What you know about your potential customers, business objectives, and campaign budget will lead you to optimal ad placements. First, you must decide whether you will use traditional (television, radio, direct marketing) or digital vehicles (social media, Google ads, etc.). Next, you will need to determine the specific channels or platforms you will use. And finally, choose when, how often, and at what times of day or night the advertising will be displayed.
5. What Can You Learn From Your Past Advertising?
You have heard that “those who refuse to learn from history are doomed to repeat it.” Go back and look at the results of comparable previous ad campaigns. Replicate what has worked, and don’t repeat your mistake if you’ve tried something in a past marketing campaign that fell short of expectations. Analyze previous results to identify tactics that worked and tactics that did not work. Only then will you be able to learn from history and avoid repeating past mistakes.
6. What Impact Will This Advertising Make on Your Business?
Advertising is an iterative process wherein you cycle repeatedly through campaign planning, ad creation, ad placement, ad measurement, campaign analysis, and back again. Understanding what impact you want your ad to make and how you will measure it will be critical to know whether it is successful – or needs tweaking. Your key metrics will reflect your goals and objectives (which will drive your ad creation).
Some of the potential impacts of advertising, depending on your key objectives, include:
- Increasing brand awareness
- Grow your social media followers
- Bringing in more new customers
- Increasing web traffic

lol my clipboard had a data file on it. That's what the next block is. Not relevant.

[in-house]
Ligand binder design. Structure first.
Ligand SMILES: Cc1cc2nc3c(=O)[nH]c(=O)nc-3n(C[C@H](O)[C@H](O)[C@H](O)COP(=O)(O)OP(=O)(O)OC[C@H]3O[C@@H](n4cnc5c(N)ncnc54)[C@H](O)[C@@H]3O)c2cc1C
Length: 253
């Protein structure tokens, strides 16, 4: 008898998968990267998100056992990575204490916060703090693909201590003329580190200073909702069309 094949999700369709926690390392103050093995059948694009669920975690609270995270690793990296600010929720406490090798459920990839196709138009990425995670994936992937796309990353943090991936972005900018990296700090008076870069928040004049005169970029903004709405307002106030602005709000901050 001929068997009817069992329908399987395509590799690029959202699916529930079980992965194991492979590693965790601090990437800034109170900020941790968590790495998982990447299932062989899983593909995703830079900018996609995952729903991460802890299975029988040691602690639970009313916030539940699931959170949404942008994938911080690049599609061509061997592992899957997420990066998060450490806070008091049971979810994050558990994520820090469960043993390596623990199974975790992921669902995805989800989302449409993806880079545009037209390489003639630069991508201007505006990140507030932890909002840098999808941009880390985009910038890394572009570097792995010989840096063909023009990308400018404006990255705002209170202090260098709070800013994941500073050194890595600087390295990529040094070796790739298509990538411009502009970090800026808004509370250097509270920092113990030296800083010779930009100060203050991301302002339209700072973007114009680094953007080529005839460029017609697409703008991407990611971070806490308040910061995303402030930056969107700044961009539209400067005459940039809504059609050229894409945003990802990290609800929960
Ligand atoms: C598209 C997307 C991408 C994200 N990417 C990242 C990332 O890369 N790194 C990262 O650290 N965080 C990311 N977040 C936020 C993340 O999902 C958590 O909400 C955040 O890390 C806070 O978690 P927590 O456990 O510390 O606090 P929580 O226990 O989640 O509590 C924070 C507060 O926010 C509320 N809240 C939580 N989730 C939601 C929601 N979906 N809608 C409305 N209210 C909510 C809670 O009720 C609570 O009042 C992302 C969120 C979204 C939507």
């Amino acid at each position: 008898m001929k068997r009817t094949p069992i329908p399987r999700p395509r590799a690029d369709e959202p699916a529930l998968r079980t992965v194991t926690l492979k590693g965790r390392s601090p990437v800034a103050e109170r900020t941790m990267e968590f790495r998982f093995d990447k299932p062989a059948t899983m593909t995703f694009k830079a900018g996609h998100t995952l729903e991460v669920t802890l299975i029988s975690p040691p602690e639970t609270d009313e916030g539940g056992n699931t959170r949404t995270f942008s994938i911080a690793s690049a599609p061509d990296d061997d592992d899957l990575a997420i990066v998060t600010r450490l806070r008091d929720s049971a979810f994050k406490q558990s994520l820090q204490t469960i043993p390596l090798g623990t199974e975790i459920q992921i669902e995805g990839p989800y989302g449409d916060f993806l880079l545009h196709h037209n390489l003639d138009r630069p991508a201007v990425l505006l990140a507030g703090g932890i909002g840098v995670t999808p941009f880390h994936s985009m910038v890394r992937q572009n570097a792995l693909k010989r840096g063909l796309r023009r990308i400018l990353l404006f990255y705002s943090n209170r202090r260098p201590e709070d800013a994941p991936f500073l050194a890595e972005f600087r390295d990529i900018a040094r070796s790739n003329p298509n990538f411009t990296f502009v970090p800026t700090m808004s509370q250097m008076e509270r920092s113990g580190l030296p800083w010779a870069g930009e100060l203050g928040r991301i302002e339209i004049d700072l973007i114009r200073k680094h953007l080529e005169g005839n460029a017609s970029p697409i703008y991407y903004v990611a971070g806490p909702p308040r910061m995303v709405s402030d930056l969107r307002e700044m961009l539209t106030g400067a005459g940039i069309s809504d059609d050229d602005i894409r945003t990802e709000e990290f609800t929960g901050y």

- Bringing more people into your store
- Increasing sales
Most importantly, think about how you want these metrics to change after your advertising, as that may help you in creating ads that work.
7. Who Is My Competition?
Think about why your customers buy your products and services. What are the key benefits your products and services deliver to customers? Once you can answer these questions, identify the other companies that provide products and services that deliver similar benefits. Think beyond your direct competitors. Are there any companies that provide substitute products and services that deliver the same benefits as your products and services? Are there any emerging companies that may become competitors soon?
8. Do You Have the Time?
Time is money. That’s especially true in advertising. And that means that the answer to this question is closely tied to your budget and objective. You can’t just throw together a nice picture and a few words of copy and expect your advertisement to bring in business, and you want to have a well-defined timeline in place before launching your advertising.
9. Is My Company Ready For This?
This is the final question: is everyone in your company ready for the next step? All internal stakeholders must be aligned on the goals and outcomes of the advertising campaign. More importantly, they must be prepared to fulfill the campaign’s demands once it has been launched.
- Is your website user-friendly?
- Do you have enough inventory and the right processes to ramp up fulfillment?
- Can you manage the increased traffic (real or virtual)?
- Can you handle the increased workload?
- Do you have contingency plans in place for the unexpected?
If you can answer “yes,” you’re ready to go.